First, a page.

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Reflex Sympathetic Dystrophy (RSD) (CRPS) Message Board


Reflex Sympathetic Dystrophy (RSD) (CRPS) Board Index


'Do you still have CRPS'? - My son doesn't have RSD any more - we're just careful because there are still some residual weaknesses. He was young and apparently it's easier to recover, but he had it from c 8/9 years old to c. 11 and has been clear for 2/3 years now. It [I]is [/I] possible that he was misdiagnosed since the hospital treatment was incredibly unproffesional and muddled, but he did have shooting electric extreme pains well beyond the effect of the original accident.

'Did what? '

I'm beginning to forget the details, so look back at my past posts, but this is a summary which was essentially 'Learning to build up moving as much as possible on your own again?''

Initially, he couldn't bring back leg to within about two feet of front leg and had to walk with it dragging behind. The physiotherapy seemed to make it much worse and was torture - so each day, we warmed it for 10 minutes with warm towels, then massaged it gently across the area for 10 minutes with warm oil with lemon Balm in it, then he would start his exercises, which, since he couldn't initially bend his knee, was to imagine moving it 30x, and we also did the same with his ankle (wiggle) and toes (wrapping round finger). He started being able to contract the knee muscles, and then later move them about a mm and we built up every day from there until he could bring his feet together and eventually start walking normally (he now plays proper sport again). We massaged and exercised every day once and if time, did extra exercises every day.

Like you, we didn't go into the pain area, but did maintain fitness and all areas of movement that did work and keep an eye open for anything that was beginning to degenerate.
Every day, he would walk the amount he was able to walk back from school, even draggong his leg behind him, as long as it didn't hurt. For him it hurt as soon as he reached a very small incline, so i'd go and get the car and pick him up. We also got a puppy. This gave him the incentive to keep trying and also helped sooth the pain when he stroked him. Interestingly, the day he managed to bring both legs together, the puppy kept sniffing his knee, so [I]something[/I] had happened.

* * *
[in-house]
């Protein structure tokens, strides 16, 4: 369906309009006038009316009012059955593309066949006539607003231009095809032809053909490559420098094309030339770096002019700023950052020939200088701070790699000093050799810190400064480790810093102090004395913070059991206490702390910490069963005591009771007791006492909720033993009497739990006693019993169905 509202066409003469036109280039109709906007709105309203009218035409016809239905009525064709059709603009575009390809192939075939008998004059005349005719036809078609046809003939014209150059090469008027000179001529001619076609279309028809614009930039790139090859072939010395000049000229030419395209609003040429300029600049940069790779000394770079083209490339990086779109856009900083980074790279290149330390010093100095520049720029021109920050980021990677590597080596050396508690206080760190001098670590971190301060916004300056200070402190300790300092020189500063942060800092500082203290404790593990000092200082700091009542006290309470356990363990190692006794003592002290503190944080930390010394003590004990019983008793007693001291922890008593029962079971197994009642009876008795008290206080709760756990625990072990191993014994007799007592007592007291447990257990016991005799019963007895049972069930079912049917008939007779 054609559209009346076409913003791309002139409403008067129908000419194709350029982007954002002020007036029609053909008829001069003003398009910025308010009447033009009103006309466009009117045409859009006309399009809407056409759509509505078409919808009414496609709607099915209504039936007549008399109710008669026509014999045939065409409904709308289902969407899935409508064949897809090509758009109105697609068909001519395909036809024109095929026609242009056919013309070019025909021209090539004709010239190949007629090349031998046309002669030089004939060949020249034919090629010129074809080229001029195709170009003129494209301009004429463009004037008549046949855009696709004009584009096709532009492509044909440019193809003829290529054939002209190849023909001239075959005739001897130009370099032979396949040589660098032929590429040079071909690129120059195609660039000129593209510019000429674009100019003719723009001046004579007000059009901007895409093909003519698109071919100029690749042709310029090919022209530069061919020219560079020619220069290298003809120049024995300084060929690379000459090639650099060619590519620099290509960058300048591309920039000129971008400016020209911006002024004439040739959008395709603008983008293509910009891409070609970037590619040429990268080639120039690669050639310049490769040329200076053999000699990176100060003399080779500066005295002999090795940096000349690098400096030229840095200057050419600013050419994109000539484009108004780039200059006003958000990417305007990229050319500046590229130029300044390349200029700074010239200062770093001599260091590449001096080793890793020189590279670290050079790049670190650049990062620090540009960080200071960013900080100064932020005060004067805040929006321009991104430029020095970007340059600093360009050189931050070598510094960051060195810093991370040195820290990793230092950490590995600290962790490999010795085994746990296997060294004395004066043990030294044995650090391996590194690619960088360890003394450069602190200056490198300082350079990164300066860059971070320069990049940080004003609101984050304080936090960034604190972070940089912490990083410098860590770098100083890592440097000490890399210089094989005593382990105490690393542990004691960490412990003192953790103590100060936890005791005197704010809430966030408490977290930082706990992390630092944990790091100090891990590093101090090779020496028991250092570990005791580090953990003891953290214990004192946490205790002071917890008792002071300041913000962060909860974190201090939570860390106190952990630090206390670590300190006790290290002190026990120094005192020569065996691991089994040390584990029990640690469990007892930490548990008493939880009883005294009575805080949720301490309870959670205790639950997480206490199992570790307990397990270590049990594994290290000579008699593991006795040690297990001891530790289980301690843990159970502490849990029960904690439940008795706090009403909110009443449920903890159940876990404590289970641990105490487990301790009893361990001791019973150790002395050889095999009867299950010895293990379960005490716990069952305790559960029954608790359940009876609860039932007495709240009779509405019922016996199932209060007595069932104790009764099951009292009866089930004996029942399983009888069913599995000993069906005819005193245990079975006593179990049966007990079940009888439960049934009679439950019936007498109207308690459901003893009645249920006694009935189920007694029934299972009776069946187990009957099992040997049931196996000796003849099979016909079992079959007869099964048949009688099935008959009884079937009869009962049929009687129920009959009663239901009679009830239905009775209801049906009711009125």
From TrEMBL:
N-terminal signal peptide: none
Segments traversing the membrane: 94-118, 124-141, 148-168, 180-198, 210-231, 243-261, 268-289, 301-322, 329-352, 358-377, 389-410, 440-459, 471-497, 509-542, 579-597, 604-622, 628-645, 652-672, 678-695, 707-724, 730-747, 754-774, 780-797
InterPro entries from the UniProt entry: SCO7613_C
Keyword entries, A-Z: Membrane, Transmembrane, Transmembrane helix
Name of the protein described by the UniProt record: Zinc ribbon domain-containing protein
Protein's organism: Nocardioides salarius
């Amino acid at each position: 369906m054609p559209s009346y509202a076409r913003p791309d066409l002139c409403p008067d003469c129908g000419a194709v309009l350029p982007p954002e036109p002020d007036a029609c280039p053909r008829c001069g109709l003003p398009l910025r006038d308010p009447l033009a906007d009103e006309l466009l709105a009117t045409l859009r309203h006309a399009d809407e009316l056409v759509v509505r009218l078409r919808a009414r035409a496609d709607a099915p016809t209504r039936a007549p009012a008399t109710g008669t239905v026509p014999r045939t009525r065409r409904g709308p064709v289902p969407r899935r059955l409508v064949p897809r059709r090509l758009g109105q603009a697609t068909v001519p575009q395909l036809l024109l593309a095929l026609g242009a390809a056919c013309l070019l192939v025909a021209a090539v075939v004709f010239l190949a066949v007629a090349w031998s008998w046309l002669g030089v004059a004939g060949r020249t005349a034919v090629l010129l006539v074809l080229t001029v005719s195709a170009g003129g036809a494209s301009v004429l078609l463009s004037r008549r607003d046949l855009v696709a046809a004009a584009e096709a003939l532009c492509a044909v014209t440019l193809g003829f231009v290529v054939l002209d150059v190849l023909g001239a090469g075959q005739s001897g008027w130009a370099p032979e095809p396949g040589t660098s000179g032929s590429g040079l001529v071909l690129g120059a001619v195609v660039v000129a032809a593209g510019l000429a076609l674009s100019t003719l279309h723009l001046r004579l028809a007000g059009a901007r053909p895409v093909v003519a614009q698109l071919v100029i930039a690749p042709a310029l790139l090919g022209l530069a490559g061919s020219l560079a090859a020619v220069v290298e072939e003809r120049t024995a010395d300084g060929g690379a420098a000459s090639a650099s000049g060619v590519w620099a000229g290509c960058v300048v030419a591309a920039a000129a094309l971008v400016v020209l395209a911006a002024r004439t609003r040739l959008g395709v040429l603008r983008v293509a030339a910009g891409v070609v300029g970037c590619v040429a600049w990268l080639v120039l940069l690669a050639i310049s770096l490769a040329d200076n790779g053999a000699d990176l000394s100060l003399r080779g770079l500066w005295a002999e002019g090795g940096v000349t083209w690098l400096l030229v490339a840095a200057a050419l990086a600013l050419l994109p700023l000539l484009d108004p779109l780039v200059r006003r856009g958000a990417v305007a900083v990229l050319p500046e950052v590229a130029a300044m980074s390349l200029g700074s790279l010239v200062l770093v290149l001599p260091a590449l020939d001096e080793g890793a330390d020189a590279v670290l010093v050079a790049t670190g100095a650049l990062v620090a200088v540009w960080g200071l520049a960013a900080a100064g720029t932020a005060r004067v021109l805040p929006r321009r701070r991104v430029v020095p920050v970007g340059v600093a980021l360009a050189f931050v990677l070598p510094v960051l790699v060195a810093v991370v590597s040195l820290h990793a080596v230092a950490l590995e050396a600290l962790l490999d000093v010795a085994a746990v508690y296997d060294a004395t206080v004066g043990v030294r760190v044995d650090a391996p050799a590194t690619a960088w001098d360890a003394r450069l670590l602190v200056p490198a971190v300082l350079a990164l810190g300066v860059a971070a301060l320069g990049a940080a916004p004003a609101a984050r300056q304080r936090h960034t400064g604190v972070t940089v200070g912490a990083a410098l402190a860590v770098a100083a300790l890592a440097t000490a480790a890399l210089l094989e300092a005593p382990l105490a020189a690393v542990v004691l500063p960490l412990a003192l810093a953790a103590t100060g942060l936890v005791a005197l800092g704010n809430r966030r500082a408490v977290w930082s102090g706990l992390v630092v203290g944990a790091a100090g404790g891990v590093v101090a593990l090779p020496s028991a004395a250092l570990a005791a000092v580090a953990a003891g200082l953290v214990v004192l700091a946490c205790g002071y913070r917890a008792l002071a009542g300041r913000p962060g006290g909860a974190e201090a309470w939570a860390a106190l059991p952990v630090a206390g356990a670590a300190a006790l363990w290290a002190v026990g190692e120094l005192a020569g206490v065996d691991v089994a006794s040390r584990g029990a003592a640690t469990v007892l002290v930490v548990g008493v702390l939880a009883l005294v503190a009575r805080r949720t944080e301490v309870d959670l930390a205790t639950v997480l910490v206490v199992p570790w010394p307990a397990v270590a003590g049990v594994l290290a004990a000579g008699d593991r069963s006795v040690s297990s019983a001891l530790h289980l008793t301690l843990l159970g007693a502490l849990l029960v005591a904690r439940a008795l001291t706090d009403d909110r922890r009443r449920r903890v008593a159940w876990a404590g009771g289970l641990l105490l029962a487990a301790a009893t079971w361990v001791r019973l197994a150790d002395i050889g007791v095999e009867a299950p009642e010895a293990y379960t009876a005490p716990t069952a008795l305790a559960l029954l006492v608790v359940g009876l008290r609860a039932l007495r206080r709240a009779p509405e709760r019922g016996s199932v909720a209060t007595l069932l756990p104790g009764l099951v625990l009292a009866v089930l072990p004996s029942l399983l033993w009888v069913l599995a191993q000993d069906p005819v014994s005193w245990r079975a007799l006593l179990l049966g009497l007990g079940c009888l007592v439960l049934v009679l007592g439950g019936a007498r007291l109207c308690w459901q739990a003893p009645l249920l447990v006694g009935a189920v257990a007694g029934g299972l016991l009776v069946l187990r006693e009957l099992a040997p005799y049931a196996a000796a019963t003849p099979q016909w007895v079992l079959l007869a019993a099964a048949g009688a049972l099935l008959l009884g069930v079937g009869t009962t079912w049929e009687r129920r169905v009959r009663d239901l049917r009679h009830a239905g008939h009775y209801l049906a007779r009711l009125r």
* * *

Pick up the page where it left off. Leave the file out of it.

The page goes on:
Like you, I took him swimming, more to relax than exercise, but it was soothing.
Also to soothe the pain, he read and when he started to improve, hypnosis started to take the edge off so he could get to sleep.
We did used pain killers but they didn't touch the pain, although I tried to use anti inflammatories rather than pain killers to reduce the chances of long term damage.

At some point, the RSD disappeared and the injury pains were just that- injuries which could be dealt with in the normal way - once or twice the RSD returned briefly - for example, once horse riding, but that was a long time ago and didn't last very long.

He doesn't ride on a regular basis any more although he's fine for holiday riding, hasn't taken up cycling again and actively avoids it, does swim, walk, run, walk up mountains and play knock about tennis and competitive Rugby and football.
We still see an osteopath every six months or so to check muscles etc are redeveloping in a balanced way and we have a lot of banadages and support socks on hand ready for injuries

So for us, this worked, and may work for you since you already seem to be having positive results following this method - good luck.

Just remembered - he took it upon himself to do quite a lot of work on the exercise cycle at some point too!





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